Preliminary county budgets lean
By Emily Bialkowski
The Houston County Board entertained five preliminary budget requests from various department heads at their Aug. 28 meeting.
None of the proposals introduced new or large expenditures compared to year prior, and the board will continue to review additional department requests as they draw closer to final budgeting dates.
Commissioner Jack Miller prefaced conversation by saying the first round of budgeting gives the board an idea of what they are looking at in total dollars requested, but doesn’t address what they can levy and what items may be cut.
“The problem is we have a number of small departments and when you look at needing to cut significantly, unfortunately the only major component is employment,” Miller said.
Authority – Jordan Wilms
Based off of last year’s budget there’s not a lot of changes to the Economic Development Authority department needs.
Jordan Wilms, program coordinator, said an uptick in printing/advertising costs for a visitor’s guide is expected, but not much else. He is asking for $6,000 over year prior.
The board had little comment on the proposal, but Miller took a moment to address the county’s disposition on new business.
“There have been accusations made that our approach to the mining is anti-business. I would personally like to clarify that we’ve been very, very aggressive trying to find suitable businesses with Jordan,” Miller said.
“I would encourage Jordan to continue creating viable, good business for the county.”
Veteran Services – Robert Gross
Rob Gross noted the only major change in his proposed budget is a $20,000 grant that ends this year. The expiration of the grant actually amounts to no more than a wash, he said.
Gross said utilizing the Tomah Veterans Hospital has greatly aided their budget because it’s a much shorter trip than to the Twin Cities. However, there is definitely a larger amount of people utilizing veteran services, he said. Roughly 13 trips were needed in August.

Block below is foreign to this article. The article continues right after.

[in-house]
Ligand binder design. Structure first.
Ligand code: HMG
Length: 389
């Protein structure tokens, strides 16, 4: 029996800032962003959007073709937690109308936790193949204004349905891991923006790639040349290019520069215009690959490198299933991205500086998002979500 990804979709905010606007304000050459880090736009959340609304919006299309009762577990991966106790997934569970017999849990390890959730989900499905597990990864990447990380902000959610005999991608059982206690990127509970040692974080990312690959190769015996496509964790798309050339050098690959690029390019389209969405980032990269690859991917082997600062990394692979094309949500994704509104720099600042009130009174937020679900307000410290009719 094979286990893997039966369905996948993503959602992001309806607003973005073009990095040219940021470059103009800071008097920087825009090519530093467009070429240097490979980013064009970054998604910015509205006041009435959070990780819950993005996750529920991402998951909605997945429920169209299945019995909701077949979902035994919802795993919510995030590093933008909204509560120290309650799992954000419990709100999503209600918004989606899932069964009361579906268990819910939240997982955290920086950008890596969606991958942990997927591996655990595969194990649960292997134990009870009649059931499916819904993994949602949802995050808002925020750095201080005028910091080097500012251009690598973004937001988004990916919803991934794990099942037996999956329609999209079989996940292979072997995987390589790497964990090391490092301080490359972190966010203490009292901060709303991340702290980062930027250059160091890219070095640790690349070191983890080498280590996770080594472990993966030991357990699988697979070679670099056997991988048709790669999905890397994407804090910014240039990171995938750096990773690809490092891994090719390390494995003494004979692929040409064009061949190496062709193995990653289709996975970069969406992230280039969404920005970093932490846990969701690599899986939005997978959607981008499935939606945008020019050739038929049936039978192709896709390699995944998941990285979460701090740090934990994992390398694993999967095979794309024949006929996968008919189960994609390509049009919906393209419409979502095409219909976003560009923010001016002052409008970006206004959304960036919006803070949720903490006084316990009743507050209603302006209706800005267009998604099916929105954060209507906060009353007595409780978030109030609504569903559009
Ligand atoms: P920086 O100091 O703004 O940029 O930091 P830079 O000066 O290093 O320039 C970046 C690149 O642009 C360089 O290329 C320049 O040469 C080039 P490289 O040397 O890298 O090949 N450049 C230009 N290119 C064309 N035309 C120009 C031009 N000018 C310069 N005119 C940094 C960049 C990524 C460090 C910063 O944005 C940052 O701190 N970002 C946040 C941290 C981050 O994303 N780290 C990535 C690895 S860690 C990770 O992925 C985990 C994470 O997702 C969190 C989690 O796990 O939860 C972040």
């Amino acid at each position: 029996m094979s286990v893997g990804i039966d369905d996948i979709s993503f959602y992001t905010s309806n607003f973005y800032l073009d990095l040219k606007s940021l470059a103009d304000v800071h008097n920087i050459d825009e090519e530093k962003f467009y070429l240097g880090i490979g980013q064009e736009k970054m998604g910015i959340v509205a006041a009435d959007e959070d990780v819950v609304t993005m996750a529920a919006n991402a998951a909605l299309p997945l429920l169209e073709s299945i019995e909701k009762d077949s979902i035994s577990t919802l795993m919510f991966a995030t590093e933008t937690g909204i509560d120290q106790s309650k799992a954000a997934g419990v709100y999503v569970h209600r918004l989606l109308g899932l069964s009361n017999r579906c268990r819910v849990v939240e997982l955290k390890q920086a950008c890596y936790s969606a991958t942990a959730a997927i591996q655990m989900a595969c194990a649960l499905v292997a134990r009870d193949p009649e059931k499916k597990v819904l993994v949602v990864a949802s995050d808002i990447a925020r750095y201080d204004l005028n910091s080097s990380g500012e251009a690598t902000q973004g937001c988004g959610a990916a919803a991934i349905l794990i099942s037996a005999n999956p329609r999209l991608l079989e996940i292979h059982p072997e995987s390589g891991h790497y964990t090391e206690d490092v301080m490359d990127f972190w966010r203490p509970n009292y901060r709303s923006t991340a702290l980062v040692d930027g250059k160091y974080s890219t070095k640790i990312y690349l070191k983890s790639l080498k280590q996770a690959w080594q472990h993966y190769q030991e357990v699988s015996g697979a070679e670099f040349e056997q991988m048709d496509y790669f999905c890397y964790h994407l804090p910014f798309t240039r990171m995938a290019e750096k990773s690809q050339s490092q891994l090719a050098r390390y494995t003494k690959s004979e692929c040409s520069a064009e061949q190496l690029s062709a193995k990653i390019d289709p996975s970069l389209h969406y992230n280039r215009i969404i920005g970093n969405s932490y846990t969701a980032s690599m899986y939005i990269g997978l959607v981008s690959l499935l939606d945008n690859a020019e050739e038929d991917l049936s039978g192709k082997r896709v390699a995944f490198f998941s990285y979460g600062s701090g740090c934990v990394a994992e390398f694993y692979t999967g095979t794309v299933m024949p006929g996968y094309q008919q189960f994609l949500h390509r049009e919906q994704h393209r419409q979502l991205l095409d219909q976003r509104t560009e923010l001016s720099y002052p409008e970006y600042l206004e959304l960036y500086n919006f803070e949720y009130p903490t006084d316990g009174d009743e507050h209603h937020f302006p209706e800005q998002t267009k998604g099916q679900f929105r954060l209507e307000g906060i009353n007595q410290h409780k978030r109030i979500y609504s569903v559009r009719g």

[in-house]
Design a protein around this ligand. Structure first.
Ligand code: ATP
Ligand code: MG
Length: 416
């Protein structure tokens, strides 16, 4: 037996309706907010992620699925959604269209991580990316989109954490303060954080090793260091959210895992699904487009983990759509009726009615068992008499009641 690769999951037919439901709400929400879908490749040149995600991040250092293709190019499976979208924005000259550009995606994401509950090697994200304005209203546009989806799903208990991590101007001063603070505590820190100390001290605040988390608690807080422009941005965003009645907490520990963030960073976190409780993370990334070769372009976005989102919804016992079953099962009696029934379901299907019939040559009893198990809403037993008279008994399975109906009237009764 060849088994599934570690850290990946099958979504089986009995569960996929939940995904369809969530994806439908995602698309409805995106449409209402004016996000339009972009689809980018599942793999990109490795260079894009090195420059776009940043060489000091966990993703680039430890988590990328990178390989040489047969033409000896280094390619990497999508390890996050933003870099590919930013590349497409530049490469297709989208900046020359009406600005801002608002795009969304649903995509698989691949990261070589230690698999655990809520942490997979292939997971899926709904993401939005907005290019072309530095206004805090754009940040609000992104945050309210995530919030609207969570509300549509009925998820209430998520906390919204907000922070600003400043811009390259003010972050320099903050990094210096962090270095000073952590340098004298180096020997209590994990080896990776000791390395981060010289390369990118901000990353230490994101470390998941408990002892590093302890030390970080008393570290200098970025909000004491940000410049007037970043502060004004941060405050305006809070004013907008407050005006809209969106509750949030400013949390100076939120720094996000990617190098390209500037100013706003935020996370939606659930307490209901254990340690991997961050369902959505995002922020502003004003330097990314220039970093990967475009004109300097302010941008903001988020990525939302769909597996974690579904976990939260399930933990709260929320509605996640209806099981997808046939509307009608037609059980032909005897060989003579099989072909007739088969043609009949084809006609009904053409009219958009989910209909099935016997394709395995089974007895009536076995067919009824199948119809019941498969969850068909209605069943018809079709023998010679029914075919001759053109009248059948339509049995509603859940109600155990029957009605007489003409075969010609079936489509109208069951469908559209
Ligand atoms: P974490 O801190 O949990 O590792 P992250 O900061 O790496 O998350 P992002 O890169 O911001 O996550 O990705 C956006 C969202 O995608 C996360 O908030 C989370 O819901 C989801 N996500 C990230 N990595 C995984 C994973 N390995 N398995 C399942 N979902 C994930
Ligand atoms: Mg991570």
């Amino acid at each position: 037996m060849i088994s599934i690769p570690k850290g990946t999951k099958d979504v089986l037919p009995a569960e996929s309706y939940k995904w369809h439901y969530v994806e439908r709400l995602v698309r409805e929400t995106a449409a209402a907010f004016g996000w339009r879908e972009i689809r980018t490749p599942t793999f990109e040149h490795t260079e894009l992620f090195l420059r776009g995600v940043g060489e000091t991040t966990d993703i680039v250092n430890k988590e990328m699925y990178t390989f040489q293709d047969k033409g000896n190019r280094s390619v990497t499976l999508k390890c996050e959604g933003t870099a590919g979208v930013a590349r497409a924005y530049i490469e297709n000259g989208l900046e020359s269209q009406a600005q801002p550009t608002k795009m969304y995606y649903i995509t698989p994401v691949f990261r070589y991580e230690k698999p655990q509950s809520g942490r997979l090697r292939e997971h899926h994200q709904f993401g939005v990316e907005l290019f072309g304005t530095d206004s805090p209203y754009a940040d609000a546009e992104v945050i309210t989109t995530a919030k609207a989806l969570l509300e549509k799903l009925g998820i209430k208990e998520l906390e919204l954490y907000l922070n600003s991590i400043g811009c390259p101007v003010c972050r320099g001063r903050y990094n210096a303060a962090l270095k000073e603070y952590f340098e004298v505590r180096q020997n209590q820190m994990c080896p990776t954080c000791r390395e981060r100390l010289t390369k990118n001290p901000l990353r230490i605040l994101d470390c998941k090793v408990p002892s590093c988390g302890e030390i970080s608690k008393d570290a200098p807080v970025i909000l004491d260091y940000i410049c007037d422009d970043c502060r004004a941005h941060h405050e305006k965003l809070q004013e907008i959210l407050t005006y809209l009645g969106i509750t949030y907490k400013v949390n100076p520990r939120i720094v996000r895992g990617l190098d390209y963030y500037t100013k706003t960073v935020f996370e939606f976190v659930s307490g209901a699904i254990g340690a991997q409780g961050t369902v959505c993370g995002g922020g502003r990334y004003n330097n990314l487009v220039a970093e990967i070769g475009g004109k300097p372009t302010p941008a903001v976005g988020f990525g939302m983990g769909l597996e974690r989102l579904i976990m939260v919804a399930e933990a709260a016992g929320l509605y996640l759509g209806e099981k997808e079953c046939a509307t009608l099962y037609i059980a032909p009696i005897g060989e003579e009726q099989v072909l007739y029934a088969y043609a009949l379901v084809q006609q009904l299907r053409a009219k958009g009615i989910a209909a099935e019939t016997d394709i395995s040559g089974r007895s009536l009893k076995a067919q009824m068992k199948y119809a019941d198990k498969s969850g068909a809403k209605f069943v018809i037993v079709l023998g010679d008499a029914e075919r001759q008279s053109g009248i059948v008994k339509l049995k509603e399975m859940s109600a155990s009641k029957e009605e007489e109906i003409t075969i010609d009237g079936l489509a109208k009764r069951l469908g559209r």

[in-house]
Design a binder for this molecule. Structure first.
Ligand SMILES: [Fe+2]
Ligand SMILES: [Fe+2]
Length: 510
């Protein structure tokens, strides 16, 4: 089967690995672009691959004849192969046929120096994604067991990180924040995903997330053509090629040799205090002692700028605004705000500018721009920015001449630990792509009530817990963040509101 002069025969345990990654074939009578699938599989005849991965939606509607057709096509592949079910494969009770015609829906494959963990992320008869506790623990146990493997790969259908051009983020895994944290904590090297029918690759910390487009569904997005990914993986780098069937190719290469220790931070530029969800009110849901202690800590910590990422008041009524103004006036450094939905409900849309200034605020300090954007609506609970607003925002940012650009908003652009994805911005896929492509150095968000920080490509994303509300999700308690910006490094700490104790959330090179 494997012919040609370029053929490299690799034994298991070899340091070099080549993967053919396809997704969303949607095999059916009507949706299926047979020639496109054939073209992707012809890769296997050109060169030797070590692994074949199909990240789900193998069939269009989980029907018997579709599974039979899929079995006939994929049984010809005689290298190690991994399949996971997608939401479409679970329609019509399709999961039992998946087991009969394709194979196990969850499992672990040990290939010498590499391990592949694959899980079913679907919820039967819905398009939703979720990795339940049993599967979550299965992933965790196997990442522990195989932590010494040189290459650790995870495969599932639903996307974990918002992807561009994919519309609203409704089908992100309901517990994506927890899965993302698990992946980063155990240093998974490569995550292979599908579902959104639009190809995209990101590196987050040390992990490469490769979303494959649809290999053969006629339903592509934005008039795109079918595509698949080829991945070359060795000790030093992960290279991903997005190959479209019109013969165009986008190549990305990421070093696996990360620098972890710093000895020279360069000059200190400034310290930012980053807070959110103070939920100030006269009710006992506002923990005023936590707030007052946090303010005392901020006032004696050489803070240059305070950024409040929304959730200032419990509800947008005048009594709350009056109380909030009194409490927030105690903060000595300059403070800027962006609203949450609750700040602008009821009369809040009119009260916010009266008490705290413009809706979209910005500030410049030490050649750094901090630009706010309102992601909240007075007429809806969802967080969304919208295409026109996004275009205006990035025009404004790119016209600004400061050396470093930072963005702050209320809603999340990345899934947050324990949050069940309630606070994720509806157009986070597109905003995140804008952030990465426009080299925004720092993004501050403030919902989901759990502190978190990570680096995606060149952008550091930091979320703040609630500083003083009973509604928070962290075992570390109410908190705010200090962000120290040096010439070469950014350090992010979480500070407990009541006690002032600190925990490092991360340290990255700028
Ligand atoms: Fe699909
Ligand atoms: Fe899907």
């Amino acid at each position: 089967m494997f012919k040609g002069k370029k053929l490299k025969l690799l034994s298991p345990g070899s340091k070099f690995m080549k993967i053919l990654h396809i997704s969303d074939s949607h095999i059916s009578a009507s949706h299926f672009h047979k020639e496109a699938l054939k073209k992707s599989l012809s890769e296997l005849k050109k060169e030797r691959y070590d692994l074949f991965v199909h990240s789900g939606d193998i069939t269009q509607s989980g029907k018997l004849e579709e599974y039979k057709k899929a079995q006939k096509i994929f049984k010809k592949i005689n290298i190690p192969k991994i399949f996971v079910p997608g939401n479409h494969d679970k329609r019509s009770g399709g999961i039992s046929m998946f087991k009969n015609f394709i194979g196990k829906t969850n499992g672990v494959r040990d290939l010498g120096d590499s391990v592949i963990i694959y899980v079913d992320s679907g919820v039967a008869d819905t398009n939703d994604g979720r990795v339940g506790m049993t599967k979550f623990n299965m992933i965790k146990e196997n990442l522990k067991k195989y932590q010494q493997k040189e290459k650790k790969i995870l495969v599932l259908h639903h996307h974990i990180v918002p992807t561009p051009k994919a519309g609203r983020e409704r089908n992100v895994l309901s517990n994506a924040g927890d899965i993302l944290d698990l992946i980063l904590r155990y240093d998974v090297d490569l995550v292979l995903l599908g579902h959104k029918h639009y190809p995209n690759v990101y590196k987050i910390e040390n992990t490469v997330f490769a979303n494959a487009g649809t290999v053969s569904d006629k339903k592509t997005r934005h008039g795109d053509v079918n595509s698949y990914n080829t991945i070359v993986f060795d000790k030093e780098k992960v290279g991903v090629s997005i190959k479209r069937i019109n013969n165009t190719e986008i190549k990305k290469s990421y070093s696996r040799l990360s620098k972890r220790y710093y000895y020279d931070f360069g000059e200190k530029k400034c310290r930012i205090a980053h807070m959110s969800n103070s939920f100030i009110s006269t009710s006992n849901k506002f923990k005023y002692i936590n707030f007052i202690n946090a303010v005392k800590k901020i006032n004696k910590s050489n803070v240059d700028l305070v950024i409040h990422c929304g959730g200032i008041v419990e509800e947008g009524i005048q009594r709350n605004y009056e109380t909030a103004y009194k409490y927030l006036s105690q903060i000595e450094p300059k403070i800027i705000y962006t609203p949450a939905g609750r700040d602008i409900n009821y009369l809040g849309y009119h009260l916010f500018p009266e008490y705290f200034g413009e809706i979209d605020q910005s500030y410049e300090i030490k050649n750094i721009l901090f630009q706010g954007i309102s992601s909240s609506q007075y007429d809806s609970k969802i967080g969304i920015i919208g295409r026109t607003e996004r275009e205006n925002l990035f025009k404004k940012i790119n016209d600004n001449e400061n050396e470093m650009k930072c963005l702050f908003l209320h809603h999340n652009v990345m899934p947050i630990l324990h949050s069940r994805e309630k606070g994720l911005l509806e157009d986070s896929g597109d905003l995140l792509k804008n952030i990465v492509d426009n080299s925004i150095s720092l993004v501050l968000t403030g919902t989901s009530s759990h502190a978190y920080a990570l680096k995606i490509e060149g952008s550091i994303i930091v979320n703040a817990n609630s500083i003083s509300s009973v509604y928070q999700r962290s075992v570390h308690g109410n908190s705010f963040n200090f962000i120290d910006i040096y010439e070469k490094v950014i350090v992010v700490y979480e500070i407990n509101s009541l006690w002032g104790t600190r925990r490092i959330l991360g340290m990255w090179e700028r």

“There’s no wiggle room there,” Commissioner Steve Schuldt pointed out.
“We have the right person advocating for a very deserving population,” Miller added.
Recorder – Beverly Bauer
More than $20,000 was added to the recorders budget this year, but the request is being necessitated by the fact that the county dipped into a technology fund last year to cover payroll expenses, which they can’t do again.
“I have added in the expenditures that were taken out last year. That’s the main reason it went up so much from last year,” Beverly Bauer explained.
The board didn’t have much to say on the matter; perhaps realizing that the temporary fix was, in fact, temporary.
Bauer did mention that her office has handled 2,200 documents in the first half of this year and only handled 4,000 total last year. The workload is quite unpredictable from year to year, she said.
Assessor – Tom Dybing
The assessor is requesting an $11,000 increase from year prior for salaries and health insurance.
“Basically my other expenses are sideways,” Tom Dybing said. “One thing to keep in mind is we switched to Vangard for our appraisal software. That has saved us a considerable amount of money,” he added.
Court Administrator -
The court administrator is asking for a flat $3,000 increase. Limited in discussion, Darlene Larson simply said, “There’s not a lot to control.”